Each individual maximizes expected lifetime utility
subject to the budget restriction imposed by the asset property.
If we now specialize the following familiar functional forms for both utility and production functions
and we assume that the log of productivity shocks follow a white noise process, the problem can be solved analytically as
(i, j=1, 2) (see Canova and Dellas (1993)). Clearly, the assumption of a white noise productivity shock is not realistic. However, on the one hand it is useful to find an analytical solution to the model, and on the other, it has no effects on the transmission properties of the model (although it will affect the long run responses of outputs to a shock, given that outputs present no trend in this model).
The solution above indicates that an increase in domestic output will produce an increase in consumption (domestic and foreign) of the domestic good. It is also important to notice that an increase in domestic output will increase the amount of domestic good used in the domestic and foreign productive sectors. That is, other things equal an increase at time t of domestic output will produce an increase of domestic and foreign consumption at time t and an increase of domestic and foreign outputs at time t+1. As noted above, a single shock can produce cycles in both countries.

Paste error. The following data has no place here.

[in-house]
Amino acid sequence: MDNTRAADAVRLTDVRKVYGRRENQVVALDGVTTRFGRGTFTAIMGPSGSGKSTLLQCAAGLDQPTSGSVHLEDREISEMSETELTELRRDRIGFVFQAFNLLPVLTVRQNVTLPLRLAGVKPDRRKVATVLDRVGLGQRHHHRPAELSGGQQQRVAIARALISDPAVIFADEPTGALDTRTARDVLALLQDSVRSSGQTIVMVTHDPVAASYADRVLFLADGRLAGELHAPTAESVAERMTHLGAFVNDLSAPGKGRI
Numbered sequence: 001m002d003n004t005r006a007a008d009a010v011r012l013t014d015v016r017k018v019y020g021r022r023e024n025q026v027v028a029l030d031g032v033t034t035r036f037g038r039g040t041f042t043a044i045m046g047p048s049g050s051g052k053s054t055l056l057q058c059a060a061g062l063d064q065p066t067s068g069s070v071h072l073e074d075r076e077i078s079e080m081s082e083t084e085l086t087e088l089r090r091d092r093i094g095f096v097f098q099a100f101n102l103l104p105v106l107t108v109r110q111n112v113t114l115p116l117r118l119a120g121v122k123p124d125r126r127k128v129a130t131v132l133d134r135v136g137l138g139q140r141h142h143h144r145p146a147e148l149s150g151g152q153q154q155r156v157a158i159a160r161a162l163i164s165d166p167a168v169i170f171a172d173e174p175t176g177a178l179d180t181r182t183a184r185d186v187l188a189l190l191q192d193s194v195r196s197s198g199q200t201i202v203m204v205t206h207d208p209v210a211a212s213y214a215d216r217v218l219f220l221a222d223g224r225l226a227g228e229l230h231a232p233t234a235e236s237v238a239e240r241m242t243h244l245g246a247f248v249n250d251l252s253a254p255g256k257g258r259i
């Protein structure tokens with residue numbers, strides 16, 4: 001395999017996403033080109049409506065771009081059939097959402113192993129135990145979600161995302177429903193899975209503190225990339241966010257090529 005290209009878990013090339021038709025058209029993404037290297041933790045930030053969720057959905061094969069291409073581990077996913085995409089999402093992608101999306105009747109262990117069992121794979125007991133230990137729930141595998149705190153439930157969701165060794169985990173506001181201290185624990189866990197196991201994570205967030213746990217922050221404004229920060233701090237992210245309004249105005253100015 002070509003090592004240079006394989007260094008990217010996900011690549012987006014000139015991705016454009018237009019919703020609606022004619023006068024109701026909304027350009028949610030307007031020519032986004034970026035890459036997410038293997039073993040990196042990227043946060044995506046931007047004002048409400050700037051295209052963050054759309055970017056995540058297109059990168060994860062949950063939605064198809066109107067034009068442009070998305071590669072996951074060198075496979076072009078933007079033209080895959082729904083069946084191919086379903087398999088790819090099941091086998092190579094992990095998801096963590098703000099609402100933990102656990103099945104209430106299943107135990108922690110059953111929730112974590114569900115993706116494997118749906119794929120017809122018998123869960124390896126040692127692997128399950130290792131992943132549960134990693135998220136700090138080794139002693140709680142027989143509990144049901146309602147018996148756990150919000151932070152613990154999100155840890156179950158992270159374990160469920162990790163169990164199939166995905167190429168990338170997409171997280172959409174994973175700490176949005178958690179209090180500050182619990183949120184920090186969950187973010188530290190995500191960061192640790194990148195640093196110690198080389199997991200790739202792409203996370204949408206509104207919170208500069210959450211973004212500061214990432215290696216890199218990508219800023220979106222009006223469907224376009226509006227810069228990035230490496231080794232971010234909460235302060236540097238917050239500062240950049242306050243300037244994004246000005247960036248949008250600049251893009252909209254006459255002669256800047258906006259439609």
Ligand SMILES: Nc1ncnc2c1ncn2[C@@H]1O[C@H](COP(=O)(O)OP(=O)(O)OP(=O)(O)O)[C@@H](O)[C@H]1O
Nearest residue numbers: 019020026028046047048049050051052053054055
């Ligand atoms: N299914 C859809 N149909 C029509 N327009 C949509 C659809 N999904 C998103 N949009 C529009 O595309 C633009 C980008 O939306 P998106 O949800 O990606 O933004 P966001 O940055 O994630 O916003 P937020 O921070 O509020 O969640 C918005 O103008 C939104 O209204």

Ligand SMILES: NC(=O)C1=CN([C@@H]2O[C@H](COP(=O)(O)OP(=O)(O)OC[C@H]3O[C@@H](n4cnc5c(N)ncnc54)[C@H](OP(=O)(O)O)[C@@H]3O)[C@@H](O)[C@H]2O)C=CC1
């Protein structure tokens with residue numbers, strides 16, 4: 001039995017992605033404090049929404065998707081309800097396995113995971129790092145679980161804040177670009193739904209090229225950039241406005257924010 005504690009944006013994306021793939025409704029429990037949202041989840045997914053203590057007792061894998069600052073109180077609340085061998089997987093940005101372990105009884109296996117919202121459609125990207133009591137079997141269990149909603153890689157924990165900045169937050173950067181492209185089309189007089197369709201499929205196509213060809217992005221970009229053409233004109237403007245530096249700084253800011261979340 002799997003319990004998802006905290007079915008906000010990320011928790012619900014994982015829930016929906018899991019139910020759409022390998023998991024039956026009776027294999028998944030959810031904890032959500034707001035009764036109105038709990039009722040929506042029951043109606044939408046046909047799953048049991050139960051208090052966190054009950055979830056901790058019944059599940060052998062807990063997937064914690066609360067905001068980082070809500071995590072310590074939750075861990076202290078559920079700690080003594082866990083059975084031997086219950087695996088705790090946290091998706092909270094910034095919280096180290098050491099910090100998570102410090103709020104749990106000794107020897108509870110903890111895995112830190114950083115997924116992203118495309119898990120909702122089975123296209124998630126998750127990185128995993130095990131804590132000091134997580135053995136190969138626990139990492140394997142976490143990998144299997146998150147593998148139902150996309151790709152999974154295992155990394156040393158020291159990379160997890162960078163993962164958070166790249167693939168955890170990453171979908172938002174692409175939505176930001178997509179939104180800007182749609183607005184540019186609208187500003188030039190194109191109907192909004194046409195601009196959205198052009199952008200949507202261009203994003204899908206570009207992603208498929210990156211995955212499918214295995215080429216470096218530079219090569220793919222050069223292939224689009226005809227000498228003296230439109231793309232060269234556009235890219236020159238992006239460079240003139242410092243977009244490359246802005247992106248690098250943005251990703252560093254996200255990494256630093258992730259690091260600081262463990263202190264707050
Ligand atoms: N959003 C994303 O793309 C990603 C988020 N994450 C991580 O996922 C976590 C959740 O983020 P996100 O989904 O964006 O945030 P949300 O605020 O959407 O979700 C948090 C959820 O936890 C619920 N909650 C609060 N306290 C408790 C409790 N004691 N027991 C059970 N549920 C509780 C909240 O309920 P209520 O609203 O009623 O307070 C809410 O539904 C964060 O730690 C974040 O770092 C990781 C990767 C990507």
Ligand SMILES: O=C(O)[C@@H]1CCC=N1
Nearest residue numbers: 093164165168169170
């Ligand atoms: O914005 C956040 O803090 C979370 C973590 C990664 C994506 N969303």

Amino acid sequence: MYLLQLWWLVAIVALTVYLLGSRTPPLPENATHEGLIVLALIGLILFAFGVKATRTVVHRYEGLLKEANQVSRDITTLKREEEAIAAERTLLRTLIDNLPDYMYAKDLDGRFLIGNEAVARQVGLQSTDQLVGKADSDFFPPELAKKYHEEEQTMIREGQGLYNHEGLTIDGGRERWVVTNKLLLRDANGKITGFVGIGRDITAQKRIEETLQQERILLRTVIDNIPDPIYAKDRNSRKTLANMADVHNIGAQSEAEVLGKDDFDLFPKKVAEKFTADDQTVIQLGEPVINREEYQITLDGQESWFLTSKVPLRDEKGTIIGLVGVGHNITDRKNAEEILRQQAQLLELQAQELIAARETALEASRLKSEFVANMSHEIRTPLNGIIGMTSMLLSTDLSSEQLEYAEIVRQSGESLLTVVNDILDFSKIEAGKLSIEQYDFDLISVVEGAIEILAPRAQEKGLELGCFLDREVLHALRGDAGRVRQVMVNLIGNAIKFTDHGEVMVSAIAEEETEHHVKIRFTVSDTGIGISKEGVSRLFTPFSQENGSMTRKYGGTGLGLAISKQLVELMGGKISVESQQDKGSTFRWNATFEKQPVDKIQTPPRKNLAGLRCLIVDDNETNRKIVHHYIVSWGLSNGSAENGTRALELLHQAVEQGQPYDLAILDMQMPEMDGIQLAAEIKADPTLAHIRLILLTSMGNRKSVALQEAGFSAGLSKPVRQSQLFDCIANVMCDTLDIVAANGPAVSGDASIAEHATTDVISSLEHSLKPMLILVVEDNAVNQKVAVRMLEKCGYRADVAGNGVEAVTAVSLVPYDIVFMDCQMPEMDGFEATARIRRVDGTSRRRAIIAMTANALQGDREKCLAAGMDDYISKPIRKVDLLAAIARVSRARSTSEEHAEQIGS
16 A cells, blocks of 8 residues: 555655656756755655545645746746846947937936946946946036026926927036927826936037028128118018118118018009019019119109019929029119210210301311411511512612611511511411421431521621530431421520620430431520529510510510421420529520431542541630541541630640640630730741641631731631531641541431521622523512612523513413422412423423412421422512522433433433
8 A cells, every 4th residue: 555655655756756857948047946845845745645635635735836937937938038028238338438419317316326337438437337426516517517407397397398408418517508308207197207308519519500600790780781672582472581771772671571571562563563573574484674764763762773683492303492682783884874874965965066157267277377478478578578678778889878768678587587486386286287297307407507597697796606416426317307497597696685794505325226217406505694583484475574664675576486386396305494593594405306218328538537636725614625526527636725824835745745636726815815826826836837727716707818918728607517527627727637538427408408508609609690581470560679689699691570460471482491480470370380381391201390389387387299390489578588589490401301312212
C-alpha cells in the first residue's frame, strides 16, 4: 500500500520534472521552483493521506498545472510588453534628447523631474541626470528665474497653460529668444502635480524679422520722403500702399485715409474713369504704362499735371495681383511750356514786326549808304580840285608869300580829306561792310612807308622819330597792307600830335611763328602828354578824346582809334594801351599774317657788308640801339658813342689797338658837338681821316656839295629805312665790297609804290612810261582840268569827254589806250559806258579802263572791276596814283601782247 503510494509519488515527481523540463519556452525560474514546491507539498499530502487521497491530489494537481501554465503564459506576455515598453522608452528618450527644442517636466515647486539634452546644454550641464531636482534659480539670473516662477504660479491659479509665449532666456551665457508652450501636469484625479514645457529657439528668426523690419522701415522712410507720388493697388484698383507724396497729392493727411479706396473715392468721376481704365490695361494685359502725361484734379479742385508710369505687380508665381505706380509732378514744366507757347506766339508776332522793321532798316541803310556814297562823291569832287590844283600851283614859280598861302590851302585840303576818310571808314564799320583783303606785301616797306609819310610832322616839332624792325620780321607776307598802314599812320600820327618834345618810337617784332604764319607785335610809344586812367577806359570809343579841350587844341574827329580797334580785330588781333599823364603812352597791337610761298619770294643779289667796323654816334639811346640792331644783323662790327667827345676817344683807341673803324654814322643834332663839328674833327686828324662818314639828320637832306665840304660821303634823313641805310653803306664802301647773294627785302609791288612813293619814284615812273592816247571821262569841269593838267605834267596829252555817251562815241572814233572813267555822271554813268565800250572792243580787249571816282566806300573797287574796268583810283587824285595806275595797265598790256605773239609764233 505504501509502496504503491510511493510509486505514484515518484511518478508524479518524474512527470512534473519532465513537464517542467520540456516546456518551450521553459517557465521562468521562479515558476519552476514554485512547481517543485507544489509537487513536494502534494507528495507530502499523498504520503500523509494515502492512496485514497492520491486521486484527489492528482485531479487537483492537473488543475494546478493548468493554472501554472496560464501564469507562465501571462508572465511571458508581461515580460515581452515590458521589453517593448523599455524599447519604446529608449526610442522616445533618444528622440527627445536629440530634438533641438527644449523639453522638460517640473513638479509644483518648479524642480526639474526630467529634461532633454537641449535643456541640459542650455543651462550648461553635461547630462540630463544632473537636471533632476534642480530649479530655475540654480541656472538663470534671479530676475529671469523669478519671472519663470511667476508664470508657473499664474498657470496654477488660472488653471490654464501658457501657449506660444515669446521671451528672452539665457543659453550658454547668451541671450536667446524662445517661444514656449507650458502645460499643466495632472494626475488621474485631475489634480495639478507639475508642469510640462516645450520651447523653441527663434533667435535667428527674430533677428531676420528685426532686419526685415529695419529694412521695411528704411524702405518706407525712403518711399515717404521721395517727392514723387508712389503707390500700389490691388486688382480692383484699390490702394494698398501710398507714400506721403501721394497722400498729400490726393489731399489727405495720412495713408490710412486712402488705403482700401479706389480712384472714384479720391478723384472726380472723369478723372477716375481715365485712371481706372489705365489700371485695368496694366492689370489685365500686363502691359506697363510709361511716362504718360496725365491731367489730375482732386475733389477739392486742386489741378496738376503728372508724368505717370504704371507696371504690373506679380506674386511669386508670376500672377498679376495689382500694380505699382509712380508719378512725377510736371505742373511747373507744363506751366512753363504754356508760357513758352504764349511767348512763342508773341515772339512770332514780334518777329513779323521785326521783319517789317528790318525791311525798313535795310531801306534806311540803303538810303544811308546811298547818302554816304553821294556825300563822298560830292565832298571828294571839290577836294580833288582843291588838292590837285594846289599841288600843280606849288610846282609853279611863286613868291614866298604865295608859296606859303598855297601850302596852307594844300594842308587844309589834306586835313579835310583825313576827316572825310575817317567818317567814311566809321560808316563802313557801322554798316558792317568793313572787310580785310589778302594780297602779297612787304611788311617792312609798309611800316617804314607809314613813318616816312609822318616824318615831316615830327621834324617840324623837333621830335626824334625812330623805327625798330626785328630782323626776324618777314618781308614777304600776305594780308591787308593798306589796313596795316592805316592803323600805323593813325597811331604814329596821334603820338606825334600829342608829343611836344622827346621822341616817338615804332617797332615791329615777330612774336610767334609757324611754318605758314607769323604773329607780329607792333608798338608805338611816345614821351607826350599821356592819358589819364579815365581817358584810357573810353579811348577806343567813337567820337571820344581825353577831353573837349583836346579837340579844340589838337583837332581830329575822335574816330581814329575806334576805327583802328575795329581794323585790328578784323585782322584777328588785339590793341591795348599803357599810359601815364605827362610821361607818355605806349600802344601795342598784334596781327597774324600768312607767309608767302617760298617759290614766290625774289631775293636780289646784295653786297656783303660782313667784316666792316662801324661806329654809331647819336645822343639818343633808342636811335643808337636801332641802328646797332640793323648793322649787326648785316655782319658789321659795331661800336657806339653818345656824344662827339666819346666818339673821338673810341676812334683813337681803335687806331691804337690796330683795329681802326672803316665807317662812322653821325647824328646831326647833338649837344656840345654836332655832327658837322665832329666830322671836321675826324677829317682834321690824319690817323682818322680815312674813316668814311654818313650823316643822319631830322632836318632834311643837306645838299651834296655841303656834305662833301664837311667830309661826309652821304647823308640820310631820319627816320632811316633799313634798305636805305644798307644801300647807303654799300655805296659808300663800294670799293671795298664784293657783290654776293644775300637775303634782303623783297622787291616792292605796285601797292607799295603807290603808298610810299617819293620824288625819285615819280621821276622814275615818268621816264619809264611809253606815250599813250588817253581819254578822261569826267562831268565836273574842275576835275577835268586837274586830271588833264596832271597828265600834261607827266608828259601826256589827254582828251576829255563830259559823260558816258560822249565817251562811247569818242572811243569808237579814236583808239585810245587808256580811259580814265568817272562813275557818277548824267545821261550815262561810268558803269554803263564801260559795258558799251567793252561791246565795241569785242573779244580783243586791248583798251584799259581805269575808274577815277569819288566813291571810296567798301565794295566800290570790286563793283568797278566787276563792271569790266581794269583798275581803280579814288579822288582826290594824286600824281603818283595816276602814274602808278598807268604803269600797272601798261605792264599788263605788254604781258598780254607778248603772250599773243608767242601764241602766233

Finally, substituting the expression for the inputs in the production function, we obtain
where y(t)=log([y1.(t) y2(t)]′), w(t)=log(η(t)), v(t)=log([θ1(t) θ2(t) ]′), 12 is a (2x1) vector of 1′s,
and μ is a constant term involving parameters of the model. Given our assumption of independent productivity shocks η(t) and θ(t), w(t) and v(t) will also be independent.
III. Properties of the Model